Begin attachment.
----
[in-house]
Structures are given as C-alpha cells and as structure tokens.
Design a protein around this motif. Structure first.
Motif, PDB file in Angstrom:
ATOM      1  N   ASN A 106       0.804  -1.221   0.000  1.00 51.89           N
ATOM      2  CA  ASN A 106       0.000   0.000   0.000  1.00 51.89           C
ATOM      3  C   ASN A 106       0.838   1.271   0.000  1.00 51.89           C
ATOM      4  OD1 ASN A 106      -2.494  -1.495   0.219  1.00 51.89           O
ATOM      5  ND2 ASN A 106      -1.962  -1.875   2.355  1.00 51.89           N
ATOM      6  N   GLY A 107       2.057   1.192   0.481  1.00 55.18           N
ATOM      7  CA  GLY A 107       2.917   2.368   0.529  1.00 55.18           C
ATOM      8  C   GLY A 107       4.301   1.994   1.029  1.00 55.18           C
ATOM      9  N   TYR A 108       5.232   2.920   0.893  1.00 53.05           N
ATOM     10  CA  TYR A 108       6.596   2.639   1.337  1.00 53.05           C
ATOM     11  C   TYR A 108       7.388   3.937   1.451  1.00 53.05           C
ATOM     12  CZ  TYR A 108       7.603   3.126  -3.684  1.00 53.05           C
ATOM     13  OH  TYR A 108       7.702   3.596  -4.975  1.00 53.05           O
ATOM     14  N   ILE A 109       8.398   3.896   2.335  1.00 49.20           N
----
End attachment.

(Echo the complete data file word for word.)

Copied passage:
[in-house]
Structures are given as C-alpha cells and as structure tokens.
Design a protein around this motif. Structure first.
Motif, PDB file in Angstrom:
ATOM      1  N   ASN A 106       0.804  -1.221   0.000  1.00 51.89           N
ATOM      2  CA  ASN A 106       0.000   0.000   0.000  1.00 51.89           C
ATOM      3  C   ASN A 106       0.838   1.271   0.000  1.00 51.89           C
ATOM      4  OD1 ASN A 106      -2.494  -1.495   0.219  1.00 51.89           O
ATOM      5  ND2 ASN A 106      -1.962  -1.875   2.355  1.00 51.89           N
ATOM      6  N   GLY A 107       2.057   1.192   0.481  1.00 55.18           N
ATOM      7  CA  GLY A 107       2.917   2.368   0.529  1.00 55.18           C
ATOM      8  C   GLY A 107       4.301   1.994   1.029  1.00 55.18           C
ATOM      9  N   TYR A 108       5.232   2.920   0.893  1.00 53.05           N
ATOM     10  CA  TYR A 108       6.596   2.639   1.337  1.00 53.05           C
ATOM     11  C   TYR A 108       7.388   3.937   1.451  1.00 53.05           C
ATOM     12  CZ  TYR A 108       7.603   3.126  -3.684  1.00 53.05           C
ATOM     13  OH  TYR A 108       7.702   3.596  -4.975  1.00 53.05           O
ATOM     14  N   ILE A 109       8.398   3.896   2.335  1.00 49.20           N